For Barlow, it was chopping wood and carrying water. Paying attention to the little things. For me, it was shopping this evening.
I recently moved from a rather small town in the interior of BC where everything was within about a 5-10 minute drive of where I lived. Now, I’m living in a spot that is both highly urbanized, but also a bit of a food desert. There are very few grocery shopping options close to where we are living. As a result, we’ve started ordering our groceries online from a store that is relatively close to my employment and I stop by on the way home and pick up my order. It is fantastically convenient and I don’t have to spend my time wandering the aisles in search of that thing that doesn’t seem to exist in a store that may very well have everything else.
To be honest, I’m not entirely comfortable with the convenience of it all because I recognize that I am in a position of privilege to begin with and those who are doing my shopping are likely paying for my convenience in some way. I’ve asked a few of the people who bring my groceries out how they like the setup and they have all been pretty ‘meh’ about the whole thing. They are almost all women and they range in age from teens to middle-aged (fairly typical for grocery clerks around here).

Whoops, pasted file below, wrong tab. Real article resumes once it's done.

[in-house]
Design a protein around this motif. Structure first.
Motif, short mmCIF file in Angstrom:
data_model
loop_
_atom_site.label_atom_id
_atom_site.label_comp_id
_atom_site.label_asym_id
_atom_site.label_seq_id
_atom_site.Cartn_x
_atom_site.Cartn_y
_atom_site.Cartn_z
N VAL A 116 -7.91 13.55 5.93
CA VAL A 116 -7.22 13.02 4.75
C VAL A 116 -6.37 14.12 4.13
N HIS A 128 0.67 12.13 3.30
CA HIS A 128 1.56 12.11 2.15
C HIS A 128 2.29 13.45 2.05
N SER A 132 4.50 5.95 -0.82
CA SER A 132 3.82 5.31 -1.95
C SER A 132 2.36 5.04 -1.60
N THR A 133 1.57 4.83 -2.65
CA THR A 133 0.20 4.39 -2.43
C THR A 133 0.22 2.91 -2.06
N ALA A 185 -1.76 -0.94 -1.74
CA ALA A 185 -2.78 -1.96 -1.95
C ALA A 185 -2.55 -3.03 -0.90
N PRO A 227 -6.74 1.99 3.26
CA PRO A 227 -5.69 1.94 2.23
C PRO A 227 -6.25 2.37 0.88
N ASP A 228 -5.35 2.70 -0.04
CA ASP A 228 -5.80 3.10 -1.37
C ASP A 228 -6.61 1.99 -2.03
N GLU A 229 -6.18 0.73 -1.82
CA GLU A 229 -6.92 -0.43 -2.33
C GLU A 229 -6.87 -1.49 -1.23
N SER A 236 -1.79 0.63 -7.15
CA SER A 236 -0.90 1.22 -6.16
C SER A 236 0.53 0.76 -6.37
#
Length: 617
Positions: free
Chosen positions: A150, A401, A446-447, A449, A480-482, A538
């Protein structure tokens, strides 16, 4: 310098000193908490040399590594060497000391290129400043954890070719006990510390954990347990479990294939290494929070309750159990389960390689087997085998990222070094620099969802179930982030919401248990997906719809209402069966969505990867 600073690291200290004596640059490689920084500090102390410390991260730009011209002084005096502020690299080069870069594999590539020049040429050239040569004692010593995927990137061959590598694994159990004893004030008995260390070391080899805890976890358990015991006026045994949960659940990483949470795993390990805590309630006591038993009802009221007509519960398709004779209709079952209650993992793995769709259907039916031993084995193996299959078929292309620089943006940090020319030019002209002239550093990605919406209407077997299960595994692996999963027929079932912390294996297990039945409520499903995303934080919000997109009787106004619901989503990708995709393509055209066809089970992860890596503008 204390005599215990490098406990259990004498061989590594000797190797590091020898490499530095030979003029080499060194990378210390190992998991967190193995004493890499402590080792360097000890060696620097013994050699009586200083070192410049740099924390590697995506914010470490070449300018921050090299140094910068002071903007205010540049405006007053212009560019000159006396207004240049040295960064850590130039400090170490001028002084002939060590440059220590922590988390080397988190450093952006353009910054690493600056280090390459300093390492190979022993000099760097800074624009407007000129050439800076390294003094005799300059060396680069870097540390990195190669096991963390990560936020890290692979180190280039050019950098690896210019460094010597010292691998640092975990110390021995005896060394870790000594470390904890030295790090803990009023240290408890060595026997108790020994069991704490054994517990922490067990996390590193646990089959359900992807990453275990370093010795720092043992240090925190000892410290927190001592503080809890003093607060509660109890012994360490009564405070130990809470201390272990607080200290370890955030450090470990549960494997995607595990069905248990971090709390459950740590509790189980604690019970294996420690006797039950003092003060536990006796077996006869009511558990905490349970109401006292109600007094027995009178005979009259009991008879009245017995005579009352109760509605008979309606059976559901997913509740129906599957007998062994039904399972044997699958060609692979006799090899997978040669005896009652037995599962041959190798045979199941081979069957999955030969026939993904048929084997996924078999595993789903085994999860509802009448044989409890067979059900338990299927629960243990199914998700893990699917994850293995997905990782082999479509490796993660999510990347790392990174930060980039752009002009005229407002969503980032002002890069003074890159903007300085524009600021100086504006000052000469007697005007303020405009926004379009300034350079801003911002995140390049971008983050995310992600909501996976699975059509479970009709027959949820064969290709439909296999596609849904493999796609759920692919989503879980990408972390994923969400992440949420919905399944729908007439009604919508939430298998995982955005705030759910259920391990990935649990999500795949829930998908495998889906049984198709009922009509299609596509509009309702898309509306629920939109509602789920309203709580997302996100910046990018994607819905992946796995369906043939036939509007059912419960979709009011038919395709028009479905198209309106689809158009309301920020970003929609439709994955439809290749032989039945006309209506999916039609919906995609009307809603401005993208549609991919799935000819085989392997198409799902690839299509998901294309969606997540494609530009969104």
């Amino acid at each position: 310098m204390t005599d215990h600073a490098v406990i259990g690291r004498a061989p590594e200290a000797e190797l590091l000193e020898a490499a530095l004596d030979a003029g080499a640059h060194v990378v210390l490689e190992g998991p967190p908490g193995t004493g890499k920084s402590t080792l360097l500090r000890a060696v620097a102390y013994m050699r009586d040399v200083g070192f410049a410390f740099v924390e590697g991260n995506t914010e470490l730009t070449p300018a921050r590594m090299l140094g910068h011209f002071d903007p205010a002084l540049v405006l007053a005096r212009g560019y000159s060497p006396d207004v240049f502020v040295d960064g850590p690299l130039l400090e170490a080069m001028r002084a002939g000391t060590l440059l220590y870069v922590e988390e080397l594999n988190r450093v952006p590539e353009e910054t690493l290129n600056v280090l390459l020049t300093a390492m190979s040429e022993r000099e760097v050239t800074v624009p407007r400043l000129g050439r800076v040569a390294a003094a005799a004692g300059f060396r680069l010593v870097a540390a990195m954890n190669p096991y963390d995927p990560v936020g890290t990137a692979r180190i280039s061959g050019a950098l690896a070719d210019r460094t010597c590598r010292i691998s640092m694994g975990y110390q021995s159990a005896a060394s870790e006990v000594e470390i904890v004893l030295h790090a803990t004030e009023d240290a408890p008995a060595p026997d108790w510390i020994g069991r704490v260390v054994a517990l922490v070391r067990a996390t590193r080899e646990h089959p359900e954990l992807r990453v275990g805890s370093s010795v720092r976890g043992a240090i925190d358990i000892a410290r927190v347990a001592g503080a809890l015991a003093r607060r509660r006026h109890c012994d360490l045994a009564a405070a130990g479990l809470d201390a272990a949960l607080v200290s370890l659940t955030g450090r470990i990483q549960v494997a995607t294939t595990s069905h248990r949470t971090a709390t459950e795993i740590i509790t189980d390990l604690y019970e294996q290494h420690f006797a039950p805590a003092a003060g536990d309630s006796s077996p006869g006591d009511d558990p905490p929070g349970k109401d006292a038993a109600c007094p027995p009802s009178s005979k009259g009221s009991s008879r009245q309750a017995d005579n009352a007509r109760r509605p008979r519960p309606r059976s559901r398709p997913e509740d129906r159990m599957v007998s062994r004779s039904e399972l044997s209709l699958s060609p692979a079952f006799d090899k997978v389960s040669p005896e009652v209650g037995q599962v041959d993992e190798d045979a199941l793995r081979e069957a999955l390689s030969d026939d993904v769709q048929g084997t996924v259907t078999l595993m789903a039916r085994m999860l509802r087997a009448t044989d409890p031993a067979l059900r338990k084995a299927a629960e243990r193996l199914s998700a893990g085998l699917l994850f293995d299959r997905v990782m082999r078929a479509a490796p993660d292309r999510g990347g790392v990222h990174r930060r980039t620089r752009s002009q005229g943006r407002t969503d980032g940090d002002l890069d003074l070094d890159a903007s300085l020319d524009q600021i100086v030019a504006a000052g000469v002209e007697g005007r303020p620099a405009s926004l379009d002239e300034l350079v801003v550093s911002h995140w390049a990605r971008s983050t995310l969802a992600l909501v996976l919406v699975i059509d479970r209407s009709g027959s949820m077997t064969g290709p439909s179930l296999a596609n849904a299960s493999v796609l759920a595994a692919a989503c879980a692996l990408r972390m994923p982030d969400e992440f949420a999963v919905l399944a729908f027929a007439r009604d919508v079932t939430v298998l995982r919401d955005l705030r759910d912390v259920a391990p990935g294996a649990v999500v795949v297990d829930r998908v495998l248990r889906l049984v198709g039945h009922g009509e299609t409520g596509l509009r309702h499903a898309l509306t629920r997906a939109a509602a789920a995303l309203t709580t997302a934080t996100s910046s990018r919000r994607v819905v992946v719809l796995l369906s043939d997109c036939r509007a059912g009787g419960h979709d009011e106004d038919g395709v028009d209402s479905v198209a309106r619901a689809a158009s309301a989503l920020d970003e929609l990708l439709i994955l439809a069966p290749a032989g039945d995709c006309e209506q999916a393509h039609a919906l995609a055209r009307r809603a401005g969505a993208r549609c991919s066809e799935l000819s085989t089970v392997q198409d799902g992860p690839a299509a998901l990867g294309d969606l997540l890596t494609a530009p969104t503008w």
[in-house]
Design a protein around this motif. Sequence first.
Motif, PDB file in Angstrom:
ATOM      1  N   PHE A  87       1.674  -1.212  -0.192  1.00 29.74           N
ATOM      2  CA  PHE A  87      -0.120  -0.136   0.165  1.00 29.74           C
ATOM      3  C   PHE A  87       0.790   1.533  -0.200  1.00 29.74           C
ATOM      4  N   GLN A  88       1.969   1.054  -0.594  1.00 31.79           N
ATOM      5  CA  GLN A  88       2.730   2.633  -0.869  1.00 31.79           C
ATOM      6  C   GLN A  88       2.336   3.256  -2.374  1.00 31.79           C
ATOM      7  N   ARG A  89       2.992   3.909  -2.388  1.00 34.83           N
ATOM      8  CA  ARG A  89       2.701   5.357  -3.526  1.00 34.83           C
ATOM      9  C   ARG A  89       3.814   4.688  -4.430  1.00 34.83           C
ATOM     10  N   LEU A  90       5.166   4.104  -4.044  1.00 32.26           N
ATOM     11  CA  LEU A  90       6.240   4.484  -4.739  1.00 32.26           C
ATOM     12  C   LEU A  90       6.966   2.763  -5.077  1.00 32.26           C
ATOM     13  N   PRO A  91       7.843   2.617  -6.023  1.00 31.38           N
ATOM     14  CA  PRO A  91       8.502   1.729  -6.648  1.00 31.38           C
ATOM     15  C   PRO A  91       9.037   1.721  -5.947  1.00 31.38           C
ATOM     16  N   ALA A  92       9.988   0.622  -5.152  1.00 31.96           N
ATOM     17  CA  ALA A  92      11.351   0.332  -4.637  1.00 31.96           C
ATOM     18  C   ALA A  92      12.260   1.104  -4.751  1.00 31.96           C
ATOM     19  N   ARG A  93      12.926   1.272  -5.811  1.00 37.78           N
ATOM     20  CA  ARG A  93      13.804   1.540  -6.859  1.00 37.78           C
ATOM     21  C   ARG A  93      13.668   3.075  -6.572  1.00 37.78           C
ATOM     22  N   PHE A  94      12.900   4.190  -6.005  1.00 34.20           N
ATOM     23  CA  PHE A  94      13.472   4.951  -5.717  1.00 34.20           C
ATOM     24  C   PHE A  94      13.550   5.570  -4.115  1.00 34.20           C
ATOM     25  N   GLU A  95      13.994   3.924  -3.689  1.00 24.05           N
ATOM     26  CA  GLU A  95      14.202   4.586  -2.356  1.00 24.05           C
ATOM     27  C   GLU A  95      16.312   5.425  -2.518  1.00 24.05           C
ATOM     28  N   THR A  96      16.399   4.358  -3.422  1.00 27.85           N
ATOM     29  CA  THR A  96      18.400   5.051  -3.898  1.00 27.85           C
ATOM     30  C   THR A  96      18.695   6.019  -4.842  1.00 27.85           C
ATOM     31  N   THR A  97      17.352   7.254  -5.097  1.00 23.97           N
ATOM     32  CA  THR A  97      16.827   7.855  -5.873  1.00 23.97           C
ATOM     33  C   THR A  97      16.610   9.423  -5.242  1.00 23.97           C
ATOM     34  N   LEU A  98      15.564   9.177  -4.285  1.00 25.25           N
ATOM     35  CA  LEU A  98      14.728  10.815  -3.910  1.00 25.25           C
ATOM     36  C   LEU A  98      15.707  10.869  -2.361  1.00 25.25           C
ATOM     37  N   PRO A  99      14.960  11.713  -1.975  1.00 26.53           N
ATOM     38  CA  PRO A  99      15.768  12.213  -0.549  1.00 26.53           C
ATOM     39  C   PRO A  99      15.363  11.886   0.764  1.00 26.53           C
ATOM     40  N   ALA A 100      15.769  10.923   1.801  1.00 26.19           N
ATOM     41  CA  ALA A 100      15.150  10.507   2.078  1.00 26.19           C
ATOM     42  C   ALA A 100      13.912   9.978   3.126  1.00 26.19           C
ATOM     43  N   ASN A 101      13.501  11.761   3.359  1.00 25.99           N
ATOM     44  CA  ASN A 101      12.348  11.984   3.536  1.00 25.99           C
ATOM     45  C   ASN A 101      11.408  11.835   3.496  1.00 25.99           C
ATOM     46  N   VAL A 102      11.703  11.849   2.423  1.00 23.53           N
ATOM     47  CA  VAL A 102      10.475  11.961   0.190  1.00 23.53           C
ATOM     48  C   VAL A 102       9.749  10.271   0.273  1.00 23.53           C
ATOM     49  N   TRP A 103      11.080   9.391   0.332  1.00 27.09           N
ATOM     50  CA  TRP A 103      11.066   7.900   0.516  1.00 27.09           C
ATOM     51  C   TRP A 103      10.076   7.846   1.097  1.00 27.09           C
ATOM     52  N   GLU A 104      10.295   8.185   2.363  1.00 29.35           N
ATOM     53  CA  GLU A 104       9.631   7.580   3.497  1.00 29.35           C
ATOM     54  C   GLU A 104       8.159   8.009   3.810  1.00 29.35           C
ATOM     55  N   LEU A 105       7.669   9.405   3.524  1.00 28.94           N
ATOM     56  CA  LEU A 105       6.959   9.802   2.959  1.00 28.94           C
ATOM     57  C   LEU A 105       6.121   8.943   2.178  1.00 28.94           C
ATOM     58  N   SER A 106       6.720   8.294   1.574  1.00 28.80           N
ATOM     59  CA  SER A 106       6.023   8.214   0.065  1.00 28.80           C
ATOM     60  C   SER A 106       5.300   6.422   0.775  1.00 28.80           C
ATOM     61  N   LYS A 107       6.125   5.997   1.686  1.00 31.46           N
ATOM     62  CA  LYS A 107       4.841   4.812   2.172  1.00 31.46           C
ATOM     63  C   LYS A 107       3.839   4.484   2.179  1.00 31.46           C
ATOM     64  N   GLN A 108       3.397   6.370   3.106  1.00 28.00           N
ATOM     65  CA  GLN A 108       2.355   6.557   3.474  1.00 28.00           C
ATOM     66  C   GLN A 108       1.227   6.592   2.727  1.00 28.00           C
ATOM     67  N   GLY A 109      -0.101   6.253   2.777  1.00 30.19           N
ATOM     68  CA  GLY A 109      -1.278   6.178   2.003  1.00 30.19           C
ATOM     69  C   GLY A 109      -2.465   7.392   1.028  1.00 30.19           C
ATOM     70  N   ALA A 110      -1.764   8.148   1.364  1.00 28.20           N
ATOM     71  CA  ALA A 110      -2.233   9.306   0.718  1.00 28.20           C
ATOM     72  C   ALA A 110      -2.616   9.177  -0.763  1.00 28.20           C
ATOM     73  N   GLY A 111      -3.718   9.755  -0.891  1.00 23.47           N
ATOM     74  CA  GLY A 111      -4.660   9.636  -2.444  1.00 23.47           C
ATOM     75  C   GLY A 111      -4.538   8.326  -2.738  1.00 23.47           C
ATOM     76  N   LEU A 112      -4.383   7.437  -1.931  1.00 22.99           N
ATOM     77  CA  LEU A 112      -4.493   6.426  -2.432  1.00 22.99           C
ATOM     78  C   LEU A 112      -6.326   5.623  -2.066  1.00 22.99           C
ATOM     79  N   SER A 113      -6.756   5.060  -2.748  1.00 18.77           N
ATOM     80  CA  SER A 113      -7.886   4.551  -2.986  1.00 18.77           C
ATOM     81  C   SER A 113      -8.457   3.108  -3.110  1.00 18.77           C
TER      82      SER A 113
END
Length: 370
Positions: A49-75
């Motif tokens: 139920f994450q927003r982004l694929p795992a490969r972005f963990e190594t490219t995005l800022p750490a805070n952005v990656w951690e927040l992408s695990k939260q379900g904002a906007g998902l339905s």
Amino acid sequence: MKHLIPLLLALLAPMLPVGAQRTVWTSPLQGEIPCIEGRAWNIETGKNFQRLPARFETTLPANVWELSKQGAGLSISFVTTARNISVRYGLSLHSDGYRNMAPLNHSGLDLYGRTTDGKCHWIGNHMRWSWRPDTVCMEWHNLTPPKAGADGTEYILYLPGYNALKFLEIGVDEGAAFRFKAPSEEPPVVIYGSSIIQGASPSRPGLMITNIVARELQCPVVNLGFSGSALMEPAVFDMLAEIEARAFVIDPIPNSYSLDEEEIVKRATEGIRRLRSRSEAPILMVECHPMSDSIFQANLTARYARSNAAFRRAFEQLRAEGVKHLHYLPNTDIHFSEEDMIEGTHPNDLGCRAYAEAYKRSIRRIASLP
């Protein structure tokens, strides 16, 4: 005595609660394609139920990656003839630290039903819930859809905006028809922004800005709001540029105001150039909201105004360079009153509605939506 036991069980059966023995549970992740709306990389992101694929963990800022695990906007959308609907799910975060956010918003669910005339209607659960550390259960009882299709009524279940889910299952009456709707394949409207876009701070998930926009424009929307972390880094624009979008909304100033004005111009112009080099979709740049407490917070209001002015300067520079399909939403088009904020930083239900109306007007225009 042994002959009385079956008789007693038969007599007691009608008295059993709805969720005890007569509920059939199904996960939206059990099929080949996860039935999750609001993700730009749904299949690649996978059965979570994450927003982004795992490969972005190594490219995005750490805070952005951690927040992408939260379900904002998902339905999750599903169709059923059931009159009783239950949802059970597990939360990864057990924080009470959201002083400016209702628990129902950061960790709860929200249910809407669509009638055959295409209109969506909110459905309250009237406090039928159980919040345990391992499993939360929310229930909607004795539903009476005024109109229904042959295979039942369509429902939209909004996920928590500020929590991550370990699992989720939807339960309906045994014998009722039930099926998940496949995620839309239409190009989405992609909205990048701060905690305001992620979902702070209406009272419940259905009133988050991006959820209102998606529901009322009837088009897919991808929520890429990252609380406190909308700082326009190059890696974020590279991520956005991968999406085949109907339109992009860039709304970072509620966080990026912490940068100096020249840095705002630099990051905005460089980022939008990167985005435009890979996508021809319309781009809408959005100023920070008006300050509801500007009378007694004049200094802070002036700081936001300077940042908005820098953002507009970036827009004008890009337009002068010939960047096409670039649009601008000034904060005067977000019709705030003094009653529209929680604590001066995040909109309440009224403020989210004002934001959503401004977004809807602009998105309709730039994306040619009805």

Earlier this evening, as I was picking up my order, the clerk who brought out my groceries was a college-aged woman who was likely working part time while she attended school in the area. I asked her what she thought of the job and she indicated that she was super busy all the time but didn’t really like it when people complained about the service. She told a story of a recent customer who couldn’t figure out why the store was out of a particular item and didn’t understand why the clerk wouldn’t go back into the store to find the item, despite the fact that the clerk was clearly busy and simply couldn’t do that without disrupting service to several waiting customers.
This particular customer then went out of her way to leave a poor review of the clerk’s ‘performance’ with the shift supervisor.
I was both aghast that someone would be anything but grateful to have a personal shopper for $3, not have to leave their car, not have to wait in line and be in and out of the parking lot in about 10 minutes. It clearly impacted this young woman to have a person complain about her service and I went out of my way to show her my gratitude and wish her a good evening. I hope it helped.
All that to say, that I think that, like bell hooks said, it is in the little things that we need to pay attention, to care for people, even random encounters. We never know who is carrying too much of a burden.
I fear that the technology that I so appreciate for its ability to connect me with people across the world while I sit on my living room couch also has the ability to sow mistrust, and to promote unthinking, shallow caricaturization of ‘others’.
Random Encounters by Colin Madland is licensed under a Creative Commons Attribution-ShareAlike 4.0 International License.